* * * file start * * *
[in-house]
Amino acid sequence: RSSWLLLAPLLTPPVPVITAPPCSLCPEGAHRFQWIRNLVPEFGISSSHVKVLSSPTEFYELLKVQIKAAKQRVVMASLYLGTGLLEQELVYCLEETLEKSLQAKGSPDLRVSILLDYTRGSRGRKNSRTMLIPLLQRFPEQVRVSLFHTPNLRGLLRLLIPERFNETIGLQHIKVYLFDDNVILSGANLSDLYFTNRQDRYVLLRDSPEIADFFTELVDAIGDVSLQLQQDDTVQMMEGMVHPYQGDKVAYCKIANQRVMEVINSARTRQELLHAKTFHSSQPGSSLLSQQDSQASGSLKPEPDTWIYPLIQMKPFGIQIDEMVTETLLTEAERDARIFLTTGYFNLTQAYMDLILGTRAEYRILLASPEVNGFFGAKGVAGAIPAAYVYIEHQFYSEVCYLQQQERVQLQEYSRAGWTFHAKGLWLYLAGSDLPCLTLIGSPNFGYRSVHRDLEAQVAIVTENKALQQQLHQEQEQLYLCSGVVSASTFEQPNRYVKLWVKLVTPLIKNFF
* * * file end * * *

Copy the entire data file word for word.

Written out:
[in-house]
Amino acid sequence: RSSWLLLAPLLTPPVPVITAPPCSLCPEGAHRFQWIRNLVPEFGISSSHVKVLSSPTEFYELLKVQIKAAKQRVVMASLYLGTGLLEQELVYCLEETLEKSLQAKGSPDLRVSILLDYTRGSRGRKNSRTMLIPLLQRFPEQVRVSLFHTPNLRGLLRLLIPERFNETIGLQHIKVYLFDDNVILSGANLSDLYFTNRQDRYVLLRDSPEIADFFTELVDAIGDVSLQLQQDDTVQMMEGMVHPYQGDKVAYCKIANQRVMEVINSARTRQELLHAKTFHSSQPGSSLLSQQDSQASGSLKPEPDTWIYPLIQMKPFGIQIDEMVTETLLTEAERDARIFLTTGYFNLTQAYMDLILGTRAEYRILLASPEVNGFFGAKGVAGAIPAAYVYIEHQFYSEVCYLQQQERVQLQEYSRAGWTFHAKGLWLYLAGSDLPCLTLIGSPNFGYRSVHRDLEAQVAIVTENKALQQQLHQEQEQLYLCSGVVSASTFEQPNRYVKLWVKLVTPLIKNFF